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Did you miss the Breaking New Ground webinar: A New Generation of Transfer? We’ve provided some highlights for you.
Parchment’s general manager for higher education, Kevin Martin, chatted with Ann Yater, college registrar for the nation’s largest singly-accredited community college system, Ivy Tech and Dr. Kevin Coughlin, VP of Enrollment with Florida International University (FIU) about the lost credits, cost and confusion of many students who transfer from one institution to another and how you can make these transitions smoother for transfers.
There are two things happening at the same time in higher education. Firstly, undergraduate enrollment is down 4.7% in Spring 2022 from the previous year. Secondly, the National Student Clearinghouse Research Center reported a 6.9% decline in college transfers over the same time period. Our panelists noted the following factors affecting this decline:
At Ivy Tech, they’ve experienced a lower conversion rate of their dual-enrolled high school students recently. Ann Yates recognized that today’s students are seeking job skills and training and this makes corporate certification-to-career programs, offered by Google and Salesforce for example, attractive and economical for many students.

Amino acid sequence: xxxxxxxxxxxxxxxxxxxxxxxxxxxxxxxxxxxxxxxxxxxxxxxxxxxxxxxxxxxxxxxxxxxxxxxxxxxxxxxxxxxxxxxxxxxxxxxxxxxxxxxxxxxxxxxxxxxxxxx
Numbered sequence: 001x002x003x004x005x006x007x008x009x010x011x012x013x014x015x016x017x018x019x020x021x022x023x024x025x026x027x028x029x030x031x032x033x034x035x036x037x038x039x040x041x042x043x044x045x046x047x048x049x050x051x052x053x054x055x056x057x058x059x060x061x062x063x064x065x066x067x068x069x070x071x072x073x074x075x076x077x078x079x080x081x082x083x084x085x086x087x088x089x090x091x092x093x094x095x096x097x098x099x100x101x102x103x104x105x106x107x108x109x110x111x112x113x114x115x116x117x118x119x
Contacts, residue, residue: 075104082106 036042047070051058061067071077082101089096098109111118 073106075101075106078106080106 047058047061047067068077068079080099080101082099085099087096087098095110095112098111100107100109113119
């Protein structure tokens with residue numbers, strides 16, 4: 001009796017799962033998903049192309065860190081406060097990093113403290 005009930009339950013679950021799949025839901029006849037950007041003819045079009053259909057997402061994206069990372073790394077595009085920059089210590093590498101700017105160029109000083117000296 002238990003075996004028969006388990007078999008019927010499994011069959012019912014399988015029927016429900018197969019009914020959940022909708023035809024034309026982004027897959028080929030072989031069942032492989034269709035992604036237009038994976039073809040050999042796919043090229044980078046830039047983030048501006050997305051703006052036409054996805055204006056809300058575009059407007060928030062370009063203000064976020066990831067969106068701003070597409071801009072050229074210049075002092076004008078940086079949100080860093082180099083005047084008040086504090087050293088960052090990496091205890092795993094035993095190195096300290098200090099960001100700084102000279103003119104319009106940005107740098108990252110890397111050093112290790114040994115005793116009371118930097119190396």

Ivy Tech has short-term certifications for several key industries such as healthcare and IT that roll-up or stack into a technical certificate. By design, Ivy offers shorter courses that are eligible for financial aid, but students want to know that they’ll pass the credentialing exam in their chosen field. Proving the courses value to transfers is a part of providing the education they’re looking for.
Dr. Coughlin pointed out that the trends anticipated to appear by 2025 were accelerated by the pandemic. One trend includes lateral transfers rather than from two-year to four-year programs. They’re seeing a more seamless transition between bachelors and masters programs. Simultaneously, he’s aware of competition from corporate certificates that lead to lucrative careers. In anticipation of future impact, FIU sat down with companies to find out what skills and knowledge they require to hire.
In response, FIU piloted micro badges for non-credit and credit programs in dementia care, certified medical assistants and the applied sciences. Their Transfer and Transition Division stepped up collaboration with area state colleges on how to articulate an associates degree to a bachelors and on to a masters degree.
Yater summed up the value proposition that students are looking for from two-year and four-year degree programs by saying: “We’ve got to balance what a student needs to know versus getting them out into the workforce.”
What’s clear is that nonlinear transfer students weigh their education against the job opportunities they’ll have and the ones they may miss out on while they’re in class.
Credit loss represents a significant time and money expense for students that should be addressed with counseling. Banded tuition was also highlighted as a way to credit loss. Students pay one rate for basic tuition for bands of credit hours and aren’t paying more to recoup credits lost in transition.
The webinar panelists agreed that more needs to be done to smooth the pathway for transfer students, and offered their top action items.
Watch the entire webinar on-demand here and subscribe to our blog to hear about upcoming webinars, like the Breaking New Ground series.